Melvin is a three and a half year old boy that we are currently supporting under our medical assistance program. He has early stage kidney cancer, which gives him a good chance at recovery if treatment is sought early. Lucky for Melvin, his mum took him to a referral hospital in Kenya’s Rift Valley called the Moi Teaching and Referral Hospital, after his constant stomach ache did not cease. Faraja works closely with oncologists around the country who send needy cases to us for financial assistance. Melvin’s mother fundraised to get bus fare for herself and her baby to travel to Kenya’s capital Nairobi and apply for financial aid. Melvin is currently undergoing 25 sessions of radiotherapy treatment that will cost about Kshs 200,000 ( $2000). All this has been made possible thanks to the generous donations made to the Faraja Cancer Support Fund.

Sadly, more help is needed to assist not only children like Melvin but also adults who are in need of medical assistance. The Faraja Cancer Support Fund has so far raised Kshs 60 million ( $600,000) The Fund’s goal is to raise at least Kshs 100million (US $ 1million) within 2 years. A corpus of funds that, when invested, will generate a perpetual stream of income for Faraja. This will give hope and a real chance of recovery, to children like Melvin and adults, fighting cancer, every year forever.


Top line statistics on the cancer scene in Kenya

  • 3rd leading cause of morbidity in Kenya
  • 1 in 10 children will survive compared to 85% of children in the UK
  • 27,000 annual mortality rate with 50 % of cancer diagnosed with cancer in England and Wales survive
  • 14 oncologists nationwide compared to 766 in the UK ( by 2014)
  • 45 million: population of Kenya.
  • 2 national radiotherapy machine. 1 frequently breaks down due to excessive use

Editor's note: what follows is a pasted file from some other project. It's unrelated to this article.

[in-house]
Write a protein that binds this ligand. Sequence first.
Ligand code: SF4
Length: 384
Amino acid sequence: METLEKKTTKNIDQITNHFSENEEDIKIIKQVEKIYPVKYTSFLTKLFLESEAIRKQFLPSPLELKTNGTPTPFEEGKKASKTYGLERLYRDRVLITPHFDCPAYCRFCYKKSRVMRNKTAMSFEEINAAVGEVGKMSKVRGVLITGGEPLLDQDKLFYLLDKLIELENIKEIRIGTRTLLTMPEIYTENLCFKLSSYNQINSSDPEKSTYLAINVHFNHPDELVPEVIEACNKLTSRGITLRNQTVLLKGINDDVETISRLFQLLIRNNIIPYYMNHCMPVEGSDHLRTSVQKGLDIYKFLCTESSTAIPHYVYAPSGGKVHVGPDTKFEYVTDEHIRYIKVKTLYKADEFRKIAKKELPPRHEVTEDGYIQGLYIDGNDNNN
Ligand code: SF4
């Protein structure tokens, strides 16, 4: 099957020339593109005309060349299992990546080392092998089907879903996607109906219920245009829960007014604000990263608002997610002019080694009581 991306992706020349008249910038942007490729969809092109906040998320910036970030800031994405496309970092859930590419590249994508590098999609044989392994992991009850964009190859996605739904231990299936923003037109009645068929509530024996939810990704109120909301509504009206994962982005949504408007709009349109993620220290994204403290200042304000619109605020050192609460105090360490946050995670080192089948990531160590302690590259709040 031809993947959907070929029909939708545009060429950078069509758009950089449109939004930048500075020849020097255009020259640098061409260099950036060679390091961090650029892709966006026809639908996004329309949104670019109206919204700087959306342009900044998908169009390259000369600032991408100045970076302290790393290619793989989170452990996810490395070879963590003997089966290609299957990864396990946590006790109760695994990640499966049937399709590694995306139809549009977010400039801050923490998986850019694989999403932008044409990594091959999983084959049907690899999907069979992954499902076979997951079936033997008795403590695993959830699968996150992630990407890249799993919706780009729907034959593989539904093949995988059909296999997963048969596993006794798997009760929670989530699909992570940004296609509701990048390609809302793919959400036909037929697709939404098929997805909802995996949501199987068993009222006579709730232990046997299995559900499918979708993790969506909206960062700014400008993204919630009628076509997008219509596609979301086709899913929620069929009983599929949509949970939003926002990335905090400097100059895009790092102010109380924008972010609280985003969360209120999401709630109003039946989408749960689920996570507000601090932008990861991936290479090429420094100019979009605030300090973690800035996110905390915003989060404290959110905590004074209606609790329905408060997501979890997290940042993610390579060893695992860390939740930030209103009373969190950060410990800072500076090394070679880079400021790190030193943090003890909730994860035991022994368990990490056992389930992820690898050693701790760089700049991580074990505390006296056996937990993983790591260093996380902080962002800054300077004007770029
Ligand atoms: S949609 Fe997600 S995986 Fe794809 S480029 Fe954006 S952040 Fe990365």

• KES 1,000 radiotherapy per session
  • 1-year average waiting time at Kenyatta National Hospital.
  • KES 8,000 radiotherapy per session at private clinics


We put together a video that highlights what Faraja has achieved now that we are celebrating six years of giving hope, help and life to cancer patients and their care givers. Click here to view it.

Where we raise and how we spend our money


Faraja Cancer Support Trust is a charitable trust that solely relies on donations for her operations. The Faraja Cancer Support Fund was an idea conceptualized from the need to have a perpetual stream of income for medical treatment. This allows our other fundraising activities ( White Water Rafting and Kenya’s Biggest Coffee Morning) to cater for our running costs. Initial deposits into our medical fund  came not only from my two bike rides ( 2013 and 2015) but also from cash deposits and donations via Global Giving’s match days and a community grant from the Roomera Foundation. We also had a successful golf day and carnival ball held in October 7th 2016 that was organized by a friend of Faraja in loving memory of a wife/friend who passed on from breast cancer. Proceeds from these two events went directly to our medical fund. Most recently, a popular restaurant in Nairobi published a cook book whose proceeds go directly to our medical fund. To view a full breakdown of our financial statement over the last six months click here


“I thought that I would become the families breadwinner after my mum was diagnosed with cervical cancer but thanks to the support we have received at Faraja, we have hope and hope is what we desperately needed”- Evelyn, 21 year old care giver to 53 year old Sibia Nyaboke.


We would like to take this opportunity to thank you for your support and wish you a very Happy Festive Season and a very Happy 2017.

Evelyn and her mother,Sibia Nyaboke
Evelyn and her mother,Sibia Nyaboke
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Organization Information

Faraja Cancer Support Trust

Location: Nairobi - Kenya
Facebook: Facebook Page
Twitter: @FarajaTrust
Project Leader:
Olivia Shah
Nairobi, Kenya
$76,816 raised of $100,000 goal
517 donations
$23,184 to go
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Pay Bill: 891300
Account: GG20120